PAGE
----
Loopholes that allow migrants to wrongly access free UK health care will be closed under a crackdown on abuse of public services next week, Jeremy Hunt will announce.
The NHS bill for treating tourists, estimated to be up to £200m, will also be tackled as part of reforms being outlined by he Health Secretary on Wednesday.
Ex-pats, who currently face paying for care if they live permanently overseas, are set to be given guaranteed access to free NHS healthcare, but only once they have paid 10 years of national insurance contributions.
The changes are part of a government wide push to cut down on abuse of British services but doctors warned they feared being turned into a “form of immigration control”.
Mr Hunt will launch a consultation on introducing a tracking system that would mean a patient’s NHS number is linked to their immigration status.
Plans to charge for GP services for people not eligible for free care are also being considered.
It comes after Prime Minister David Cameron said earlier this year that immigrants cannot expect “something for nothing” in the UK.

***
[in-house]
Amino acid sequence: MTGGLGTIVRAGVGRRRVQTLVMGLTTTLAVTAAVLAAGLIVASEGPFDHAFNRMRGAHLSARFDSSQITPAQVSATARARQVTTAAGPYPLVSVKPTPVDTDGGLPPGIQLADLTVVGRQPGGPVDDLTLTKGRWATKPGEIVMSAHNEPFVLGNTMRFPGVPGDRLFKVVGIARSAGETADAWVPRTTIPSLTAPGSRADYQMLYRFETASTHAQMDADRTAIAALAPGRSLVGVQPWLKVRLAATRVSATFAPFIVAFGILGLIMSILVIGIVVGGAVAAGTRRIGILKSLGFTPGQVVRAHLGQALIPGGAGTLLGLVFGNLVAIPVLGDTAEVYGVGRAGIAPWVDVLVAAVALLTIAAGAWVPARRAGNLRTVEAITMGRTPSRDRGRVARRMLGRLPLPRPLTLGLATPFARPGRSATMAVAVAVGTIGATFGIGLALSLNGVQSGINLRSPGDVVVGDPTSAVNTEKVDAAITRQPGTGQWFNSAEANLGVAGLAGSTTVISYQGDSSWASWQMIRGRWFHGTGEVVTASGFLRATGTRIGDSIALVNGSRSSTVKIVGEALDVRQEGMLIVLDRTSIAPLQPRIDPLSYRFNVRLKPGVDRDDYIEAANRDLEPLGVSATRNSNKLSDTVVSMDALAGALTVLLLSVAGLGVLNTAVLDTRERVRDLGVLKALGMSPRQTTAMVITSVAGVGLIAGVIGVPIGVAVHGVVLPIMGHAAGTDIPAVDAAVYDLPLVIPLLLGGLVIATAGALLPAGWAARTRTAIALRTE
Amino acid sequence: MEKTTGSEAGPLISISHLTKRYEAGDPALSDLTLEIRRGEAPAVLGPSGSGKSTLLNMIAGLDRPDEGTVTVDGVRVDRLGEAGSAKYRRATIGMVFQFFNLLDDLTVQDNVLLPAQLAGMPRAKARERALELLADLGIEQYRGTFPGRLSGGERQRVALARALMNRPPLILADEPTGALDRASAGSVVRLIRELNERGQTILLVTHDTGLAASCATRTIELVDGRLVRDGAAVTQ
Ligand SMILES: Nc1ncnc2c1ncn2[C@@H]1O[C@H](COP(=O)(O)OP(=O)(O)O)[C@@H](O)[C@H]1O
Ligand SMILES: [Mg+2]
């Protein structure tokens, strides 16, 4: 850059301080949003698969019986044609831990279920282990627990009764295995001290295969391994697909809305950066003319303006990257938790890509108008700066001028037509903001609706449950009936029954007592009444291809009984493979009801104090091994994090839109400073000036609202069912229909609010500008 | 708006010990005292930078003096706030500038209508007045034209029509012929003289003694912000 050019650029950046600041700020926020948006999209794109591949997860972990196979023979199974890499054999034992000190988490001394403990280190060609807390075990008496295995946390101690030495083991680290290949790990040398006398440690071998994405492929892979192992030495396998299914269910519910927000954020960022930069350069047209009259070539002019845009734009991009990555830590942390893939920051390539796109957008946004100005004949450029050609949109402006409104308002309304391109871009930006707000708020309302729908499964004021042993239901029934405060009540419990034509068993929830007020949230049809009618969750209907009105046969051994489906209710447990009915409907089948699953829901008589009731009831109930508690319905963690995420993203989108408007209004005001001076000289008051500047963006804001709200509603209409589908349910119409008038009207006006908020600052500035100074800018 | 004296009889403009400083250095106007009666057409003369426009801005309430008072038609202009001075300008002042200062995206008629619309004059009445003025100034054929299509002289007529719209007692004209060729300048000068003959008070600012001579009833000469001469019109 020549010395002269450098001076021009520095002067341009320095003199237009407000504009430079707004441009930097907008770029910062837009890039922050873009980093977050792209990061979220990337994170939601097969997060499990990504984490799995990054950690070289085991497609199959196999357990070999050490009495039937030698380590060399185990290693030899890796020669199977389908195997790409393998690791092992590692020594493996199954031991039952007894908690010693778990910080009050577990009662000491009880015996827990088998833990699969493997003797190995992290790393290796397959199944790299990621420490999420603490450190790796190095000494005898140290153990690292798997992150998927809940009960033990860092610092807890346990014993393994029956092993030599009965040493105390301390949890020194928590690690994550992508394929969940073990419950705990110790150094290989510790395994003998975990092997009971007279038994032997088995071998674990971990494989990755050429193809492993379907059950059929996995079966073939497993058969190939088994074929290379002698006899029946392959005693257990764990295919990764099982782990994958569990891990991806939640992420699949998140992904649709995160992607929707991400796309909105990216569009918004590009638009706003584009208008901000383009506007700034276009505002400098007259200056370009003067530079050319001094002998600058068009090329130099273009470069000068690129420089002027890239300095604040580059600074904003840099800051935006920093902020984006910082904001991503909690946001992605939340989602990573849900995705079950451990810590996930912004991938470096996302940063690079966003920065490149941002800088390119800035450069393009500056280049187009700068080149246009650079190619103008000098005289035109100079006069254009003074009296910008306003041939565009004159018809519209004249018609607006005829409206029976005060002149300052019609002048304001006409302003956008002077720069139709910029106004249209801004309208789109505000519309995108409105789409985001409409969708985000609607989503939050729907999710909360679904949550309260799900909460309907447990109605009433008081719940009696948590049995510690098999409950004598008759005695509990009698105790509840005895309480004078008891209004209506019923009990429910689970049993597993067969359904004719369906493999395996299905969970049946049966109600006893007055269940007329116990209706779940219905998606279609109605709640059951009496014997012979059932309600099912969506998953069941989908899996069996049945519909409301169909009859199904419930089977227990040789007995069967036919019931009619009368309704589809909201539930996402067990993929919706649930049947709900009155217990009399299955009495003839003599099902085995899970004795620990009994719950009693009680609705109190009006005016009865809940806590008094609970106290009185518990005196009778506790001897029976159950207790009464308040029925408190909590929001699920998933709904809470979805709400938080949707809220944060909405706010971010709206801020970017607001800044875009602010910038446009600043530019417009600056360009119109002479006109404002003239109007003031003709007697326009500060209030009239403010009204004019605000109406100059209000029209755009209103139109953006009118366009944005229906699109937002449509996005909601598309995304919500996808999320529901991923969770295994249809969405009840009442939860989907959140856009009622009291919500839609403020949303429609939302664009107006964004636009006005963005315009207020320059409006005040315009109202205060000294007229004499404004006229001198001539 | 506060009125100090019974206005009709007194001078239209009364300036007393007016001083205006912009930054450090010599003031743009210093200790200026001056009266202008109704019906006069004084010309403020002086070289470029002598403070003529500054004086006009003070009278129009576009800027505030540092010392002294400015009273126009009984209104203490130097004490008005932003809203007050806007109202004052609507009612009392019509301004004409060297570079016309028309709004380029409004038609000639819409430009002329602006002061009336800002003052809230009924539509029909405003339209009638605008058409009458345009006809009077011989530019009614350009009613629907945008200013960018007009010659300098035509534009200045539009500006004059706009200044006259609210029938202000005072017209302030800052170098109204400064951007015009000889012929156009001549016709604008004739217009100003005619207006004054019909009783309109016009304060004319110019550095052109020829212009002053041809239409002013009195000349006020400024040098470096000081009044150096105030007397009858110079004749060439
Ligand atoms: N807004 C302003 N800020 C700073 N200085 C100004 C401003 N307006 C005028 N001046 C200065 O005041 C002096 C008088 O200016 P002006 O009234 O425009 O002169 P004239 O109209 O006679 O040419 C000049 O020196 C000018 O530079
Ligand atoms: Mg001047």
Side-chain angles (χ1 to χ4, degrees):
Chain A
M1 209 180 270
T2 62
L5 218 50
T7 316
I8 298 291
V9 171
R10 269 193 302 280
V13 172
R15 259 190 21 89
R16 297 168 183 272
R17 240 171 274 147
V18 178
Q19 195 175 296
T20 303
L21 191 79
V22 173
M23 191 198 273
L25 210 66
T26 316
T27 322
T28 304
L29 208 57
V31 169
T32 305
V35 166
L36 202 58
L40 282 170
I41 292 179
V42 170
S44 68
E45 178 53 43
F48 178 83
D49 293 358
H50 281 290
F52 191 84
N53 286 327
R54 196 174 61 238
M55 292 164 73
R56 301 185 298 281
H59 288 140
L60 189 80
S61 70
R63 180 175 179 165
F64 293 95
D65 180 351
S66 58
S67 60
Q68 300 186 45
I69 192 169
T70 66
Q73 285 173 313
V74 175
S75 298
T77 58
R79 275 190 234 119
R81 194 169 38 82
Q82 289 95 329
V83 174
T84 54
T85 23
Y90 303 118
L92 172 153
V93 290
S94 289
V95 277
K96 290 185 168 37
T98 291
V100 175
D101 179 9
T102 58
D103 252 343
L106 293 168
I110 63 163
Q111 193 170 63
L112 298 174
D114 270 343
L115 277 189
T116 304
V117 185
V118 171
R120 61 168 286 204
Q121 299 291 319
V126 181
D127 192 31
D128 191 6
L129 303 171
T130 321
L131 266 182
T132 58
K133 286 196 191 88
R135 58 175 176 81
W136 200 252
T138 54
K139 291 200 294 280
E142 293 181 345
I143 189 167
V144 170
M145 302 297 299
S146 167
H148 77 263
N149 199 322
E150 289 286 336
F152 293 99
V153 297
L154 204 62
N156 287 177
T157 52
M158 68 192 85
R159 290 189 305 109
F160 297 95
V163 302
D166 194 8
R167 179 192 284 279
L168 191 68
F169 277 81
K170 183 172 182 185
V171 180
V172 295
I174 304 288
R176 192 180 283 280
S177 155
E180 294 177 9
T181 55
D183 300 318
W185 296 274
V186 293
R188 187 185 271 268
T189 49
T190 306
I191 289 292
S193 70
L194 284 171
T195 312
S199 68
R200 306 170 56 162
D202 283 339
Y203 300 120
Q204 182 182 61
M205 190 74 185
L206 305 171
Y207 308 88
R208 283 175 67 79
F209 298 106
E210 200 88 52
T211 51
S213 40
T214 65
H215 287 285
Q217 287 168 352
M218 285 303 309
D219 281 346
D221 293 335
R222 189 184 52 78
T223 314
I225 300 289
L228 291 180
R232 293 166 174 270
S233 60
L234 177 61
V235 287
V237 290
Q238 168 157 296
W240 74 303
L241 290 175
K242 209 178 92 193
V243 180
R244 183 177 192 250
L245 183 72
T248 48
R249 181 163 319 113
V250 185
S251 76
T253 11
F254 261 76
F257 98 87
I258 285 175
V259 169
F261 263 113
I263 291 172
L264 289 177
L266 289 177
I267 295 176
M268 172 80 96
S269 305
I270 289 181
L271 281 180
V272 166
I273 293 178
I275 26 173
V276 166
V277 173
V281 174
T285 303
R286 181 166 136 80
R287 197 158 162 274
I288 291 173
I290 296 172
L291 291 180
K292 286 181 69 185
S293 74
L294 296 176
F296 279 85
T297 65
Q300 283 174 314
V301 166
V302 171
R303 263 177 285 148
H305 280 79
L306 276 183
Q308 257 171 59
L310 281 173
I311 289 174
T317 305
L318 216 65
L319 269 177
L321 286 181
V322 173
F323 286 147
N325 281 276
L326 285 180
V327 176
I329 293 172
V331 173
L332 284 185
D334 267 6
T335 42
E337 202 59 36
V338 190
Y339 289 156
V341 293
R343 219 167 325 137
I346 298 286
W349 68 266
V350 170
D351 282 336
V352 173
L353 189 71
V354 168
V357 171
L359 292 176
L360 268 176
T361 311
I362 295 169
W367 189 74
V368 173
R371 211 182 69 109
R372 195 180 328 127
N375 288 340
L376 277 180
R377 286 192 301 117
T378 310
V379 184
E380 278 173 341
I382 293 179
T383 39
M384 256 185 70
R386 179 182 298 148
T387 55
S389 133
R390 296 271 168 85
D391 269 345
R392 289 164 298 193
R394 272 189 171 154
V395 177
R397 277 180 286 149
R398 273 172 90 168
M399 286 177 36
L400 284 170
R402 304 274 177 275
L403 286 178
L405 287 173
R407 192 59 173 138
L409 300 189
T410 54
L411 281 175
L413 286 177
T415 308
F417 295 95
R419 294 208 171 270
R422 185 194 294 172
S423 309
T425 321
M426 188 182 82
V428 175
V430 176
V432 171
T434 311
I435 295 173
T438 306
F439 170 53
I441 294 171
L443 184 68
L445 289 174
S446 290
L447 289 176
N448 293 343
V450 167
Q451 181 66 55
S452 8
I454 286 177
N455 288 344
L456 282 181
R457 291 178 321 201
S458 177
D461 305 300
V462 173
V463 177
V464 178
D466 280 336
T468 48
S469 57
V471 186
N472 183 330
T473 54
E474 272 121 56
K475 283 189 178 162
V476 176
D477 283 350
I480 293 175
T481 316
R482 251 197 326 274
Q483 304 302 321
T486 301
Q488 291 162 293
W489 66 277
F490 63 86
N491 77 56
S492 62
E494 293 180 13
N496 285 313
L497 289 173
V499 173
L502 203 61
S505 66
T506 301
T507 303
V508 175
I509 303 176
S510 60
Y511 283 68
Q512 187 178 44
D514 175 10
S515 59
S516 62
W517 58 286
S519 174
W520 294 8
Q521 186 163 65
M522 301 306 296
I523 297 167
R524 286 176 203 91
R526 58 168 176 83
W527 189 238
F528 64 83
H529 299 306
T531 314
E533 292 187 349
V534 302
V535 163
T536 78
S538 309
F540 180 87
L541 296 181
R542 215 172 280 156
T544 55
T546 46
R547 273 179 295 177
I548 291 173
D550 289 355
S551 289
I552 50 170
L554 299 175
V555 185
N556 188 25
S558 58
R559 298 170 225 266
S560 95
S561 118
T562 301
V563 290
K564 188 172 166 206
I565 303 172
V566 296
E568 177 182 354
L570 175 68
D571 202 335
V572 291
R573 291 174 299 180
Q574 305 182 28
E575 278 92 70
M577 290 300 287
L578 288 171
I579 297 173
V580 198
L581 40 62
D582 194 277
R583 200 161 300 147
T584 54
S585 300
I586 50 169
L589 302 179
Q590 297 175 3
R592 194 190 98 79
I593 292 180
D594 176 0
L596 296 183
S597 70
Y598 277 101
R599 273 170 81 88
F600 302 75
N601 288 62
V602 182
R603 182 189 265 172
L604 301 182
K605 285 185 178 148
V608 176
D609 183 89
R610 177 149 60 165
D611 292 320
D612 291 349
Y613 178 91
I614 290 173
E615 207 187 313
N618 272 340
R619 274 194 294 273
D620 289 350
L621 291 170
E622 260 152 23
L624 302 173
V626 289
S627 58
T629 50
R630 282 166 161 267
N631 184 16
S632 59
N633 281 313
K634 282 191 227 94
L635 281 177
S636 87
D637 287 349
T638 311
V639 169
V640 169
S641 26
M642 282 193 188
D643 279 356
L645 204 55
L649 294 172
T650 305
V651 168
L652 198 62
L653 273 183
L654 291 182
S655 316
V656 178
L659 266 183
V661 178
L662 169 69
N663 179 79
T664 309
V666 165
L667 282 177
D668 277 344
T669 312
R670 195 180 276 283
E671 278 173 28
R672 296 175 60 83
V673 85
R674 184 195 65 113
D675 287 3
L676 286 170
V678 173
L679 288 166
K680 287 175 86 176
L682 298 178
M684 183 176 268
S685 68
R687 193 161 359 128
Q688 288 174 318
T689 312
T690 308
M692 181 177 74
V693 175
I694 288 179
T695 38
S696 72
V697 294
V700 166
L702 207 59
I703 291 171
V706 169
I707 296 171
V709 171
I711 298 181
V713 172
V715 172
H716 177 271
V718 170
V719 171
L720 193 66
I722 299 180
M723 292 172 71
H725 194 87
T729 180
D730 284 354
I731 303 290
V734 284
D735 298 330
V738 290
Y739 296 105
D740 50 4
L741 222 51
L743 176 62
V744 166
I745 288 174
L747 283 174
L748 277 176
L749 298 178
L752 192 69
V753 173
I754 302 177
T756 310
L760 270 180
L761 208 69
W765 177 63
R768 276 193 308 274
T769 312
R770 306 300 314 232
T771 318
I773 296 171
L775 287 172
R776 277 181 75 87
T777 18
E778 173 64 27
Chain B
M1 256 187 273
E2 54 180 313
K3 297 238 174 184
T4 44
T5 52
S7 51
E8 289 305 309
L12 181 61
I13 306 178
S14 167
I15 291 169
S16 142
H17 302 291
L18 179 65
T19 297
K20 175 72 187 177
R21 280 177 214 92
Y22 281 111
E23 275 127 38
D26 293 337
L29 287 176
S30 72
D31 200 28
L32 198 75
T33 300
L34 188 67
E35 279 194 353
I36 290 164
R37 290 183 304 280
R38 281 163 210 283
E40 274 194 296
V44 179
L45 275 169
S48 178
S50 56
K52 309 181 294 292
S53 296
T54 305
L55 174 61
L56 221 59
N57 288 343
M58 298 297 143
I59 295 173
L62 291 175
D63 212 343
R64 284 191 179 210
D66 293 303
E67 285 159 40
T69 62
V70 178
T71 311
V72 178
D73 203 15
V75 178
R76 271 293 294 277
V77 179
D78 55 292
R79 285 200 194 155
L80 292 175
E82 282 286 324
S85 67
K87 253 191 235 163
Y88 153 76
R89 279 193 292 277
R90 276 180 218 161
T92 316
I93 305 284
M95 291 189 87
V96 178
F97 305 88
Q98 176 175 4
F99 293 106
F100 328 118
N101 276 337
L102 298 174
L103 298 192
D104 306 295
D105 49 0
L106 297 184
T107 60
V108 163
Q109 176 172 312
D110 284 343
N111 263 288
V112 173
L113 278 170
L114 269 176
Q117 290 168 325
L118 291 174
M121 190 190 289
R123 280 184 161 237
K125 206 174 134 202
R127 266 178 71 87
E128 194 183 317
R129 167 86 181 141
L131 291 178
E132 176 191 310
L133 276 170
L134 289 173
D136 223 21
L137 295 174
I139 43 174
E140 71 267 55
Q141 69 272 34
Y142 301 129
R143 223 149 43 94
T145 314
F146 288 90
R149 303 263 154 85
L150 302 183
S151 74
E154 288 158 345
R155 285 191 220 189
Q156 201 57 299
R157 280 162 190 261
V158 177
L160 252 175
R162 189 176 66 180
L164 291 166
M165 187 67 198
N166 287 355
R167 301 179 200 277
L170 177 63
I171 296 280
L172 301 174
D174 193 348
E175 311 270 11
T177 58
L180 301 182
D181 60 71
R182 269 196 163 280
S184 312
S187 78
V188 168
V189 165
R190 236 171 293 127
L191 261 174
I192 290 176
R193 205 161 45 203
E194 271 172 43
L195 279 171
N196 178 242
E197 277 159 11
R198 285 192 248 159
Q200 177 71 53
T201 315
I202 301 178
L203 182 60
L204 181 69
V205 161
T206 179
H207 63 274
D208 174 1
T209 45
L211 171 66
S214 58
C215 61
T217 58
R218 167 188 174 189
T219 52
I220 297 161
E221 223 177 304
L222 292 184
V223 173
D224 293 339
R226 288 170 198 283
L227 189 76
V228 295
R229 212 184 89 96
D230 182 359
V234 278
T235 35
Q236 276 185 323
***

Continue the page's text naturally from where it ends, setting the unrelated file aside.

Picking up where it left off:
The new Immigration Bill, introduced during the Queen’s Speech in May, outlined plans for incomers’ accessing NHS services to make a contribution to the cost of their care, either with their own money or through their government.
Mr Hunt said: “No one expects health workers to become immigration guards and we want to work alongside doctors to bring about improvements, but I’m clear we must all work together to protect the NHS from costly abuse.
“We want a system that is fair for the British taxpayer by ensuring that foreign nationals pay for their NHS treatment.
“By looking at the scale of the problem and at where and how improvements can be made we will help ensure the NHS remains sustainable for many years to come.”
The proposals include tightening up systems for claiming back the cost of treating thousands of European visitors every year from their home country.
An audit will be launched into how much overseas patients and short-term residents cost the health service.
Around £33m went on the treatment of foreign nationals in hospitals in 2011/12, of which around £12m was written off.
According to Department of Health research, less than half of overseas visitors using hospitals are identified and only half of their costs are recovered, but officials pointed to a 2003 report by insurers CCI that put the cost at between £50m and £200m.
The Royal College of General Practitioners warned against introducing reforms that could put doctors in an “invidious position of being the new border agency”.